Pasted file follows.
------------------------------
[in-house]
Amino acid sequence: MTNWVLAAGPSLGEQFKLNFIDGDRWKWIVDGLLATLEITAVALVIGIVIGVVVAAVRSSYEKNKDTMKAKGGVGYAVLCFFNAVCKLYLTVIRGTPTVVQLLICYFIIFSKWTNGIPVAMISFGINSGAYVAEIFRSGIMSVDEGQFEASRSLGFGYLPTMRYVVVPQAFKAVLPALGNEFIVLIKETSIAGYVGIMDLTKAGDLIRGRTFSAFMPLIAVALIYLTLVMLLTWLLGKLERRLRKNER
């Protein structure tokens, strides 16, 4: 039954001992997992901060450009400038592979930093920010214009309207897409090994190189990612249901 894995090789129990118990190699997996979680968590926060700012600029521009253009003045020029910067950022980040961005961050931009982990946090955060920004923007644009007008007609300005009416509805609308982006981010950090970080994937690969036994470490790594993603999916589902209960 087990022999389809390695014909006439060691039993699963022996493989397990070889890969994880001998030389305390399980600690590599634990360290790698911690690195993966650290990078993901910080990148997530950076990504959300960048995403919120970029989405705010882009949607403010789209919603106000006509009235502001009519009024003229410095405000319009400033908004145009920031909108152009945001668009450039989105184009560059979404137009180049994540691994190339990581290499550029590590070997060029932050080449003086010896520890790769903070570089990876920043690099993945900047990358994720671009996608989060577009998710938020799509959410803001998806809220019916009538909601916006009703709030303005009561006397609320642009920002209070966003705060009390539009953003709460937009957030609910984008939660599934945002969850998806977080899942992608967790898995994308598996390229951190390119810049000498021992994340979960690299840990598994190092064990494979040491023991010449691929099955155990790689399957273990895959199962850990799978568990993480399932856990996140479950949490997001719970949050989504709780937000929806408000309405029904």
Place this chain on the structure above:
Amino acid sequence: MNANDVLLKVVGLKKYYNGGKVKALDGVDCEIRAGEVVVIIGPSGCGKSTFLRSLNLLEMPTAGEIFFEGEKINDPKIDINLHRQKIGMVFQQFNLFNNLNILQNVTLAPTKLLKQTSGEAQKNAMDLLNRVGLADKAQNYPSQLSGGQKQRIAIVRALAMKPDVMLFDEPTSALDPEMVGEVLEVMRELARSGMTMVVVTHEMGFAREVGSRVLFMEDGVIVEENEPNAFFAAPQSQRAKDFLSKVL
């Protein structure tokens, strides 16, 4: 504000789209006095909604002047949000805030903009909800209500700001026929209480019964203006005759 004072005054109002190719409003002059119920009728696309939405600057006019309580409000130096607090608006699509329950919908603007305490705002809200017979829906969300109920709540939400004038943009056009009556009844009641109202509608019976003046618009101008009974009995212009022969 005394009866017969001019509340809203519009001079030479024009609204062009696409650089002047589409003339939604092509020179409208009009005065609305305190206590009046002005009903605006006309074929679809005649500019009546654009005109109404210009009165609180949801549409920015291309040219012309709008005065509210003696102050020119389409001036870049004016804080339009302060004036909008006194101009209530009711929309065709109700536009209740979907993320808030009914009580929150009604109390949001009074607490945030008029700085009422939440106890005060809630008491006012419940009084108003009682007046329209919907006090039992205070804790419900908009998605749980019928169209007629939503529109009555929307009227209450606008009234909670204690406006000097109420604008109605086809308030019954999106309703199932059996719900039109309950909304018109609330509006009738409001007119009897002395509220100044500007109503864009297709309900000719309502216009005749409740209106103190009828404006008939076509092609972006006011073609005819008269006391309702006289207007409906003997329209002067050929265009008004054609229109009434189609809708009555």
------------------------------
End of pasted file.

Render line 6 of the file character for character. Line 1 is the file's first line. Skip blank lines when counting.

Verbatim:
């Protein structure tokens, strides 16, 4: 504000789209006095909604002047949000805030903009909800209500700001026929209480019964203006005759 004072005054109002190719409003002059119920009728696309939405600057006019309580409000130096607090608006699509329950919908603007305490705002809200017979829906969300109920709540939400004038943009056009009556009844009641109202509608019976003046618009101008009974009995212009022969 005394009866017969001019509340809203519009001079030479024009609204062009696409650089002047589409003339939604092509020179409208009009005065609305305190206590009046002005009903605006006309074929679809005649500019009546654009005109109404210009009165609180949801549409920015291309040219012309709008005065509210003696102050020119389409001036870049004016804080339009302060004036909008006194101009209530009711929309065709109700536009209740979907993320808030009914009580929150009604109390949001009074607490945030008029700085009422939440106890005060809630008491006012419940009084108003009682007046329209919907006090039992205070804790419900908009998605749980019928169209007629939503529109009555929307009227209450606008009234909670204690406006000097109420604008109605086809308030019954999106309703199932059996719900039109309950909304018109609330509006009738409001007119009897002395509220100044500007109503864009297709309900000719309502216009005749409740209106103190009828404006008939076509092609972006006011073609005819008269006391309702006289207007409906003997329209002067050929265009008004054609229109009434189609809708009555």